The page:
The Schooner Stephen Taber is a two-masted, gaff-rigged sailing vessel that is part of an 8-vessel fleet of Maine Windjammers. It was my first trip since January, and I have to admit, I was a little apprehensive at first, but being out in nature and looking around at seals, eagles and seabirds took me into a peaceful reality and helped me remember what is important in life.
11 reasons to book your trip now
1. It’s clean, safe and relaxing
I have never had more fun or felt more relaxed and safe, despite these COVID-19 days. All precautions were taken to stay safe and all passengers are required to take a COVID-19 test within 72 hours of sailing. The crew is tested every week. Hand sanitizer from a local distillery (Split Rock) is available everywhere on the boat to use before touching anything communal. Masks were worn in the tender boat when we were close to each other and when we were walking in towns. All bedding is laundered by a special facility using cold ozone cleaning to completely sanitize. Most of the time we were on deck in the fresh air and maintaining a safe distance.
2. Experience Maine from a unique perspective
This state is blessed with some of the best scenery on the planet. Throughout the trip, we were surrounded by the beautiful colors of a teal blue sea, cerulean blue sky, fluffy white clouds, and purple mountains. The wind blowing through my hair, inhaling invigorating pure air and seeing millions of stars at night unhindered by light pollution was a much-needed renewal for my soul.
3. See places you would never be able to see on your own
Sailing through Eggemoggin Reach toward the quaint lobster town of Stonington and through an uninhabited (except for the seals) harbor like Seal Bay did so much for my psyche. Even on the gray foggy days, I felt enveloped by peace while I listened to a loon call across a quiet bay, heard the chimes of channel markers, and saw many species of seabirds like a Guillemot, which are unique to the area. Knowing there are still places like this means so much to me.
4. Learn how to sail a massive Schooner
On this trip, you will be part of an elite “yachting” group. No need to own a boat, pay a mortgage or even know how to sail. Since all hands are needed to hoist sails, center board, bring up the anchor, and more, the crew was only too happy to help with instruction and share their knowledge. If you don’t want to participate with those tasks, you don’t have to and no one will make you feel guilty. For me, it was a fun and integral part of the trip.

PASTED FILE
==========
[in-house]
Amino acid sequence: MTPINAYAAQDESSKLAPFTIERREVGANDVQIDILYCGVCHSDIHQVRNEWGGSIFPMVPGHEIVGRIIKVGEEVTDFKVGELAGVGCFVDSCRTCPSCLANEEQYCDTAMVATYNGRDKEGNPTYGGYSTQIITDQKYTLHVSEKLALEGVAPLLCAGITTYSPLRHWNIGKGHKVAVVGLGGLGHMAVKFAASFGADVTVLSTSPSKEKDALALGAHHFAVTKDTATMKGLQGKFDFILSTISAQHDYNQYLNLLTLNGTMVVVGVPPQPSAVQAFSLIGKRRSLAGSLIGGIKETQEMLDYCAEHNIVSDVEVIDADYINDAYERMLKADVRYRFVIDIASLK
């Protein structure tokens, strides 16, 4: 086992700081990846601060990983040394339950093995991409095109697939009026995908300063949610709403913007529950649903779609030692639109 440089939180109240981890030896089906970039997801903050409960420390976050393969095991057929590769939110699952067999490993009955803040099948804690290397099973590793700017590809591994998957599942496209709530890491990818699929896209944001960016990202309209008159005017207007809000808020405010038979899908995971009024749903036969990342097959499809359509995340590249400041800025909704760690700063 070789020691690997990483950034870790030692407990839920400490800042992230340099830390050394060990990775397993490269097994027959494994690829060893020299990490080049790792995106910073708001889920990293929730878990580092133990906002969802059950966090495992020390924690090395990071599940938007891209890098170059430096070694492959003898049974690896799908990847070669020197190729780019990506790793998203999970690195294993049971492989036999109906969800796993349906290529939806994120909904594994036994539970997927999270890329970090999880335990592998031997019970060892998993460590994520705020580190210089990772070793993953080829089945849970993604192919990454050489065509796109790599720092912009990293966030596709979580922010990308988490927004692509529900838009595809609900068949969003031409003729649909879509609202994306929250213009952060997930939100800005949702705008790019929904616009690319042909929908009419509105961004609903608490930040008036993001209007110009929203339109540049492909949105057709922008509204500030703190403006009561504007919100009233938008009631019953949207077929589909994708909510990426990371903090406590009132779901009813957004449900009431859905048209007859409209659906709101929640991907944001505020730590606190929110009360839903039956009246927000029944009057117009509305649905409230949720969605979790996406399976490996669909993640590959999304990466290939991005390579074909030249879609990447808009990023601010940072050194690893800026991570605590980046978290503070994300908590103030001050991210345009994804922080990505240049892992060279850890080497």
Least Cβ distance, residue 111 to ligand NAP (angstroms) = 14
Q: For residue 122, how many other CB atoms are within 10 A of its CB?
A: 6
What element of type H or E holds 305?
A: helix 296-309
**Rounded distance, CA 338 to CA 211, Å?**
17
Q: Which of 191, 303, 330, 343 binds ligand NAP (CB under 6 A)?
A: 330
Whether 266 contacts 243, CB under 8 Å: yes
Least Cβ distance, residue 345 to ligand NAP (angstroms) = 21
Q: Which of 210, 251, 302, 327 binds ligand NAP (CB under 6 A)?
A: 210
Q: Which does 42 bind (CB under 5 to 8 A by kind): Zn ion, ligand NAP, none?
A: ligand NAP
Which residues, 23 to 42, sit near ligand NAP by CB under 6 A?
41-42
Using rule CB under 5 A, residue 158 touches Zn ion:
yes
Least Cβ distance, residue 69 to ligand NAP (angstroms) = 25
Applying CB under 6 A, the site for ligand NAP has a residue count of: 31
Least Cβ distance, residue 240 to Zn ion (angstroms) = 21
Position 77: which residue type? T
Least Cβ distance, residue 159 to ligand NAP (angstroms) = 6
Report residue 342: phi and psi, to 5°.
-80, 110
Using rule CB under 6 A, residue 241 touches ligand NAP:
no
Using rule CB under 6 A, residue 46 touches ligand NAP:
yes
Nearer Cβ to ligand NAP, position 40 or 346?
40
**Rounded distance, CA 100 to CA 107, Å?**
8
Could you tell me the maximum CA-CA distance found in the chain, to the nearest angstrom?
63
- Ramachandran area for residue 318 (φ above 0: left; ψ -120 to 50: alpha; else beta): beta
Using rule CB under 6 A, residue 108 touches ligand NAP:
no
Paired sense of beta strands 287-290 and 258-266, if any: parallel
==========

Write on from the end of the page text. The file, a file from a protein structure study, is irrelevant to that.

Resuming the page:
5. Eat amazing food
Galley Chef Bethany Taylor was onboard to create the innovative, hearty and purely delicious meals all on a wood stove. Some recipes included classic Maine cooking like seafood chowder and beef stew. These recipes were handed down from the former owner (and Captain Noah’s mom Ellen) who was the chef for 25 years . Bethany weaves her farm-to-table fusion recipes incorporating Maine produce, regional or French cheeses and locally raised meats. Every meal was incredible and individually plated. Fresh baked muffins or breakfast cakes were served at 6:30 am with strong coffee.
For breakfast one morning, we had Eggs Benedict Rueben (2 poached eggs on homemade rye English muffins), Morse’s sauerkraut from Waldeboro Maine, and delicata squash home fries. Another day, blueberry pancakes were served with blueberry sausages and maple syrup. Our hearty lunches included savory turkey thigh and pork belly Shawarma with bacon mayo on Cuban bread. Appetizers served up cheeses and meats, including Vermont’s Jasper Hill Farm’s Moses Sleeper and Bethany-made duck prosciutto. My personal favorite: lime and Sriracha broiled Damariscotta oysters. For California night we had duck breast, parsnip purée with braised figs and lavender balsamic. Unique desserts like poached pears in wine with crème anglaise and vanilla biscotti or pizzelle s’mores, were served after dinner and nothing was ever repeated.
6. Savor the unique wine flavors from different regions